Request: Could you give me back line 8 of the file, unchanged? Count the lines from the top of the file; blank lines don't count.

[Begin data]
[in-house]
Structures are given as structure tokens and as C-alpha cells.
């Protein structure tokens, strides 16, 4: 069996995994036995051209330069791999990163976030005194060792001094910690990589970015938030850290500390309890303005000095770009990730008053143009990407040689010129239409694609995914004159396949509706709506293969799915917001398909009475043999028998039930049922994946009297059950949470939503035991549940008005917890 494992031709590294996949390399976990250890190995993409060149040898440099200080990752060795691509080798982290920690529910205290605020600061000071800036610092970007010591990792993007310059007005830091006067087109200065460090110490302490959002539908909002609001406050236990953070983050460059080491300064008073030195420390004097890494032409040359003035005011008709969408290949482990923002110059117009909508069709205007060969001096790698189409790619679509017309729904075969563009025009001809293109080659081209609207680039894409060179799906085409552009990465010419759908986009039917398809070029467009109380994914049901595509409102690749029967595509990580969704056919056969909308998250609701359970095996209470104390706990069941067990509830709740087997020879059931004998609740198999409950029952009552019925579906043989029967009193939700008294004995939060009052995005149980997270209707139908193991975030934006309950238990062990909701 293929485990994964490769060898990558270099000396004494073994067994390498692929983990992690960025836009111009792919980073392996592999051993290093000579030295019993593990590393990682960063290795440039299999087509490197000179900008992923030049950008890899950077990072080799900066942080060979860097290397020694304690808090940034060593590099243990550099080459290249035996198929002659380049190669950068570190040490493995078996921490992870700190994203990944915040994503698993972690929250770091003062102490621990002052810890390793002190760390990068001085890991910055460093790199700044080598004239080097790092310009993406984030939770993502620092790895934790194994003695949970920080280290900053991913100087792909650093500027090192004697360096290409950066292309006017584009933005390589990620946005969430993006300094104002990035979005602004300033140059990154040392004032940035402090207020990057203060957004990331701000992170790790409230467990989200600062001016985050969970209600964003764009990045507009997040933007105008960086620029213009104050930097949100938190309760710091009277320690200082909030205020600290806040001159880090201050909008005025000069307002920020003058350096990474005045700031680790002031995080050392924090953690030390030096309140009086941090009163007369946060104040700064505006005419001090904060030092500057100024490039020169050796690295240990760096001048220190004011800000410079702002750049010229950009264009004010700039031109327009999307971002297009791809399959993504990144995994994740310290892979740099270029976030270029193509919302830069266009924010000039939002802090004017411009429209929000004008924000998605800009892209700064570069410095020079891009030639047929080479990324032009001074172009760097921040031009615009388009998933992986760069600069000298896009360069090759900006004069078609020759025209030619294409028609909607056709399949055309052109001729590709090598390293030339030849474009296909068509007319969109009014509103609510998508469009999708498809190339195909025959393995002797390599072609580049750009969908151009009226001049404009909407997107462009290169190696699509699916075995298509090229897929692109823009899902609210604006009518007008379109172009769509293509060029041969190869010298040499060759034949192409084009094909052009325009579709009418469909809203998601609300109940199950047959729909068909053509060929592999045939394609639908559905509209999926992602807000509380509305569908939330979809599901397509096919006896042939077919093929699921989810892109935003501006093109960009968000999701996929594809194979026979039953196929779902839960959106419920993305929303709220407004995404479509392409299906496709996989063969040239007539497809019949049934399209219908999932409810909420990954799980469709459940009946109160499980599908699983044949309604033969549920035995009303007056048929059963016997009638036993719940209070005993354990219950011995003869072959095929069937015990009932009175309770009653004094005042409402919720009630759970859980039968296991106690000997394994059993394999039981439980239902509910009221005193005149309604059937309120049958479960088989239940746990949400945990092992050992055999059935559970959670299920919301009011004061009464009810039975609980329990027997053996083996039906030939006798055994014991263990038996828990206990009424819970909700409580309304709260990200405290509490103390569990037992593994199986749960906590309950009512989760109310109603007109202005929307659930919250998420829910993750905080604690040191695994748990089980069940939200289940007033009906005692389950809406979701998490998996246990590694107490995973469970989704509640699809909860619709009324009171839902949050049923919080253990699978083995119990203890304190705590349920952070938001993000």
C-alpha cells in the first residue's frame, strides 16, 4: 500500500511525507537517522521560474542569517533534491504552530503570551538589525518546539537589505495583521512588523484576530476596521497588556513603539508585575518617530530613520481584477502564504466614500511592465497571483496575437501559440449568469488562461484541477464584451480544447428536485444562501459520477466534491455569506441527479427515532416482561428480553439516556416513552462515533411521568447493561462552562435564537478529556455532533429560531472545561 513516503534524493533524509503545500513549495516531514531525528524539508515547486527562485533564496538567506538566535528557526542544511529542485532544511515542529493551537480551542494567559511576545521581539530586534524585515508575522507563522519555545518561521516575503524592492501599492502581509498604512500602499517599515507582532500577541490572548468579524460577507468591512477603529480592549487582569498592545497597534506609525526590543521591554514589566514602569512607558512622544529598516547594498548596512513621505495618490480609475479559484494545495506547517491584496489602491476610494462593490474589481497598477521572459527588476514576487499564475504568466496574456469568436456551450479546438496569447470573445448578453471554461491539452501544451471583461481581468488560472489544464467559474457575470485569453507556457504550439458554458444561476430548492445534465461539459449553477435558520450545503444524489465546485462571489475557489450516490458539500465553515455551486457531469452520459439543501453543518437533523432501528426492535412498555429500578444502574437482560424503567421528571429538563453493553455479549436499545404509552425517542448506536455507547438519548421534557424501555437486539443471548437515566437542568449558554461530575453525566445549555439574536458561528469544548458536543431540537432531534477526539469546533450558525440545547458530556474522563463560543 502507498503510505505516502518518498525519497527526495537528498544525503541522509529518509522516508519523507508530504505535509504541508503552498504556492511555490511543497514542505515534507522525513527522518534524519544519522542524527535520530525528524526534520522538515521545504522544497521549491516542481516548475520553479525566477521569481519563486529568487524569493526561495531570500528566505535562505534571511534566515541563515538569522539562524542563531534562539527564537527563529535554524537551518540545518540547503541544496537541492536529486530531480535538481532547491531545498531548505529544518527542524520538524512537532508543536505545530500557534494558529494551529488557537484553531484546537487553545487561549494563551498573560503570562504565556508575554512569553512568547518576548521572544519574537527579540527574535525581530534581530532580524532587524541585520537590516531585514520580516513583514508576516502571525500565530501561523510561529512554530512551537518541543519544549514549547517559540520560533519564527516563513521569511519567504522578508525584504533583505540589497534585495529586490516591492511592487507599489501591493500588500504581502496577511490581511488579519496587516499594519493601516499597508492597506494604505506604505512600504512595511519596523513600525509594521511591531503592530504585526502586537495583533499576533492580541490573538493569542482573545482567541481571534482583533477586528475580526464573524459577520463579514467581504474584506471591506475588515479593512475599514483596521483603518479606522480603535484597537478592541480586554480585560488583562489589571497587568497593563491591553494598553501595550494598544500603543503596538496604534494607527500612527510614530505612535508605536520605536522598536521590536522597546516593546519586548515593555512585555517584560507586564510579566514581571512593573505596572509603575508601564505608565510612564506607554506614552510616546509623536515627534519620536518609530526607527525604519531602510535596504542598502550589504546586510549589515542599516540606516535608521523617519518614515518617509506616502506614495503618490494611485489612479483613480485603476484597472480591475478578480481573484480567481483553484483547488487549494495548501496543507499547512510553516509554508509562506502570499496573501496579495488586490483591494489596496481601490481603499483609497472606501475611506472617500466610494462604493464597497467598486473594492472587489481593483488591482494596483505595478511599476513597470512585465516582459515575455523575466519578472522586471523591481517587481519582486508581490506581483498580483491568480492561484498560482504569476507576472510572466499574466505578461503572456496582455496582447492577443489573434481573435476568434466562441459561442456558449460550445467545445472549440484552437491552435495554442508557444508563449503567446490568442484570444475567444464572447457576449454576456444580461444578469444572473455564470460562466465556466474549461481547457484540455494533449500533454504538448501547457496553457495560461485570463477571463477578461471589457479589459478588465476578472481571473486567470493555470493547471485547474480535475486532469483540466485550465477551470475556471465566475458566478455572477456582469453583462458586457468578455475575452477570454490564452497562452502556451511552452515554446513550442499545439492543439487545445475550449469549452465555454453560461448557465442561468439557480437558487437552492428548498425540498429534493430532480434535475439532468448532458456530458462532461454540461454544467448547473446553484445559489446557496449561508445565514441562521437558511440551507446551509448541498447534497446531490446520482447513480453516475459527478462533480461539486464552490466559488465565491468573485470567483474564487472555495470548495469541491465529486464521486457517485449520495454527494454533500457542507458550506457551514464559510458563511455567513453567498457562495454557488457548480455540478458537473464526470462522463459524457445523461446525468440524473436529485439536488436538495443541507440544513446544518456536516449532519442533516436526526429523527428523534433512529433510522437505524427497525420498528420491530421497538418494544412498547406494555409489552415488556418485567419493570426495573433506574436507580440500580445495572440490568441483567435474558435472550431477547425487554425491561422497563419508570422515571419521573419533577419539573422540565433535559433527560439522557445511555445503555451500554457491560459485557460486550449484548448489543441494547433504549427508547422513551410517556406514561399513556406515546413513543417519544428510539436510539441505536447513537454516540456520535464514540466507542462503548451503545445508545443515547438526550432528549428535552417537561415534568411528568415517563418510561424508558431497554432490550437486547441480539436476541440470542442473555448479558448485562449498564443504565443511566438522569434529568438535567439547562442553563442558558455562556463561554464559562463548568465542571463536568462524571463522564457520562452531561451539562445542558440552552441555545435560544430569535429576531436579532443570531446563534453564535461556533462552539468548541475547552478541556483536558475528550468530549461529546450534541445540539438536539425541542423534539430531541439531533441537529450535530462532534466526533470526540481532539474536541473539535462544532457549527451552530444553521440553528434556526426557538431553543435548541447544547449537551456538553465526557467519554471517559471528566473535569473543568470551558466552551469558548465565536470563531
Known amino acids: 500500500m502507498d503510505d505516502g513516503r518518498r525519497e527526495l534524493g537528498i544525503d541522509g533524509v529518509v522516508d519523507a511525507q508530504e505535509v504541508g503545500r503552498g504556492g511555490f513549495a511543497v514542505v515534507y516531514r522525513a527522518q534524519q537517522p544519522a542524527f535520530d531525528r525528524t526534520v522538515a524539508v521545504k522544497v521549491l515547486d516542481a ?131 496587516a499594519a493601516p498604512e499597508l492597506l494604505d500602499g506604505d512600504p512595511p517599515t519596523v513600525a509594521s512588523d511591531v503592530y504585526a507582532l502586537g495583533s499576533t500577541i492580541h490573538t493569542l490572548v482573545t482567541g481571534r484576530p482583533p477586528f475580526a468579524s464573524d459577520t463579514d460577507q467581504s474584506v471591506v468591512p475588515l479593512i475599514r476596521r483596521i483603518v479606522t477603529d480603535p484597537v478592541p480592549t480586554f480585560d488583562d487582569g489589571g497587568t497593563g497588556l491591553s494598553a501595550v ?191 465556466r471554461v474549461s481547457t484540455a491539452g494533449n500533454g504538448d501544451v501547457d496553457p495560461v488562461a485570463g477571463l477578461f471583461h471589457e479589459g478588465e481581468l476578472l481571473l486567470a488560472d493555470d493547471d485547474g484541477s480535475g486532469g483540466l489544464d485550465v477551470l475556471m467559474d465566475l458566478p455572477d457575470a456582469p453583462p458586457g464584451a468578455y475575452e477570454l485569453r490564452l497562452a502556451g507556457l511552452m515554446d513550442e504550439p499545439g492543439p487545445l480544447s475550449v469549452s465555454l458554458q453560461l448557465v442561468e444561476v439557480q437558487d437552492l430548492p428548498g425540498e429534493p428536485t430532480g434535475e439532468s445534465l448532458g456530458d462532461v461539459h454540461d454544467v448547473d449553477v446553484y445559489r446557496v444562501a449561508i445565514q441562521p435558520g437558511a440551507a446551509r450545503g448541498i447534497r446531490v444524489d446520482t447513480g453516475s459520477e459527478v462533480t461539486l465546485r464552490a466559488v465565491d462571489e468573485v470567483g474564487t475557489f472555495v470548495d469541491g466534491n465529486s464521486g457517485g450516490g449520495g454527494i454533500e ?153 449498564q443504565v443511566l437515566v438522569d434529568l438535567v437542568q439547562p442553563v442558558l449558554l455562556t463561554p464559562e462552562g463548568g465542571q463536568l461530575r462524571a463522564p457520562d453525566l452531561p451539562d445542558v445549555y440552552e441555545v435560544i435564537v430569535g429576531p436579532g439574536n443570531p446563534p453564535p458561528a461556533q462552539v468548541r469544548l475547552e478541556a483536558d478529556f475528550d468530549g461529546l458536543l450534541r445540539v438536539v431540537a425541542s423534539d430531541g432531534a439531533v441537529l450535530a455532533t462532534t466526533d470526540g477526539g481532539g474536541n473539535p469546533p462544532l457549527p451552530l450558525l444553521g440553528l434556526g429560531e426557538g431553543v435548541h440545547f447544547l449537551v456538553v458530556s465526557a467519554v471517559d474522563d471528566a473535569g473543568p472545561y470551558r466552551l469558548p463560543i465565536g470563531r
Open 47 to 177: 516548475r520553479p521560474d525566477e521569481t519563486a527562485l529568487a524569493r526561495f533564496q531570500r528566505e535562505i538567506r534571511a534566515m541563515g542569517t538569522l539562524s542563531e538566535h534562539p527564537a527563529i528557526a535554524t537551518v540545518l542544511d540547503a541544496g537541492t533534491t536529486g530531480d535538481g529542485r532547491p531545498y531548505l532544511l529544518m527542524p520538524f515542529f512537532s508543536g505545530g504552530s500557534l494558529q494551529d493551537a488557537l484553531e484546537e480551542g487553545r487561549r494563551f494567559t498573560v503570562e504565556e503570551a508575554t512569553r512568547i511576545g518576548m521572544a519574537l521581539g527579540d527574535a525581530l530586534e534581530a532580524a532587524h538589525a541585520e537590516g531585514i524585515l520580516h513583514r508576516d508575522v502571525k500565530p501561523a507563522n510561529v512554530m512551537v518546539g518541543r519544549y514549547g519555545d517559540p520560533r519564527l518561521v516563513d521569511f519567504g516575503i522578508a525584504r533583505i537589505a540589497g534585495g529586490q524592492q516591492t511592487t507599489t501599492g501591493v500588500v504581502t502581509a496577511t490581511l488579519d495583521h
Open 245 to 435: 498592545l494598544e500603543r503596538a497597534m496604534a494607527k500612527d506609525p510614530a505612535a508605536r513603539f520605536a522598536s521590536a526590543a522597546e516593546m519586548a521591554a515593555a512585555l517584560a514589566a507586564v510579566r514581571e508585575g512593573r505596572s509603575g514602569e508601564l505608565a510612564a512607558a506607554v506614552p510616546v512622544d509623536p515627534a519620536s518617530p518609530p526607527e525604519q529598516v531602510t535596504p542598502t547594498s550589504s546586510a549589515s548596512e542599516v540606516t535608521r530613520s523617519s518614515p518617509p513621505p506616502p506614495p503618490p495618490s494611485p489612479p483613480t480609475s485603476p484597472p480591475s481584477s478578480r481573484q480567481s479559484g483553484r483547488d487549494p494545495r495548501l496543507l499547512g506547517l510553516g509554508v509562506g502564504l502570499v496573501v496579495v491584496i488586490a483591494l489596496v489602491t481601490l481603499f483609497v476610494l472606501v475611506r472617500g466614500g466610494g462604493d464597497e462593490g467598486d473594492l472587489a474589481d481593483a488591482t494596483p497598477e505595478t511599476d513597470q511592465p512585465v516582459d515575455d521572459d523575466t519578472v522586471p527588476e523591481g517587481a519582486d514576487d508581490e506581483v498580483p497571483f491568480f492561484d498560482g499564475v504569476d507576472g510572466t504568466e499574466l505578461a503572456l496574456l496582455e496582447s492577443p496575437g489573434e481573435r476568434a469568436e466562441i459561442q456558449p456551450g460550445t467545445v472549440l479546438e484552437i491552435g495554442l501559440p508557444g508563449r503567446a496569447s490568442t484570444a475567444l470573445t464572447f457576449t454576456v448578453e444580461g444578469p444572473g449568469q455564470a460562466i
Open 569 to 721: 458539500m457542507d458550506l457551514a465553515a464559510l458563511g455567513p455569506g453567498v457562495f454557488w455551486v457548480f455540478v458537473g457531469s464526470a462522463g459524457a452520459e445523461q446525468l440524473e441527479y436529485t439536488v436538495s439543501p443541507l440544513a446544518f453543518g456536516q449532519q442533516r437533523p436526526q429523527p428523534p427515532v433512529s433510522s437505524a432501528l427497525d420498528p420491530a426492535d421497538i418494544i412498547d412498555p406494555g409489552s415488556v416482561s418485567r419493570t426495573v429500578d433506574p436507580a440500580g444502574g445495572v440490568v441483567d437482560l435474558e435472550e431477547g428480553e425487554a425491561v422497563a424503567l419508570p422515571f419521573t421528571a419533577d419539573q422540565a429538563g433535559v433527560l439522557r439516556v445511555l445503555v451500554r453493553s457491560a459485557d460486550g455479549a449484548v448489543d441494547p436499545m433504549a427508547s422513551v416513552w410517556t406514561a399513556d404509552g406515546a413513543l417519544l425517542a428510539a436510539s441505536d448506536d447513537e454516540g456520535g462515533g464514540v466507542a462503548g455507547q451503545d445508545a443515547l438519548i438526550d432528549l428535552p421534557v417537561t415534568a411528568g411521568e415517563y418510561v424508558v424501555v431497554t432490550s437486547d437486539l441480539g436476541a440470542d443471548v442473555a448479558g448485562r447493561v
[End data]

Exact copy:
Open 569 to 721: 458539500m457542507d458550506l457551514a465553515a464559510l458563511g455567513p455569506g453567498v457562495f454557488w455551486v457548480f455540478v458537473g457531469s464526470a462522463g459524457a452520459e445523461q446525468l440524473e441527479y436529485t439536488v436538495s439543501p443541507l440544513a446544518f453543518g456536516q449532519q442533516r437533523p436526526q429523527p428523534p427515532v433512529s433510522s437505524a432501528l427497525d420498528p420491530a426492535d421497538i418494544i412498547d412498555p406494555g409489552s415488556v416482561s418485567r419493570t426495573v429500578d433506574p436507580a440500580g444502574g445495572v440490568v441483567d437482560l435474558e435472550e431477547g428480553e425487554a425491561v422497563a424503567l419508570p422515571f419521573t421528571a419533577d419539573q422540565a429538563g433535559v433527560l439522557r439516556v445511555l445503555v451500554r453493553s457491560a459485557d460486550g455479549a449484548v448489543d441494547p436499545m433504549a427508547s422513551v416513552w410517556t406514561a399513556d404509552g406515546a413513543l417519544l425517542a428510539a436510539s441505536d448506536d447513537e454516540g456520535g462515533g464514540v466507542a462503548g455507547q451503545d445508545a443515547l438519548i438526550d432528549l428535552p421534557v417537561t415534568a411528568g411521568e415517563y418510561v424508558v424501555v431497554t432490550s437486547d437486539l441480539g436476541a440470542d443471548v442473555a448479558g448485562r447493561v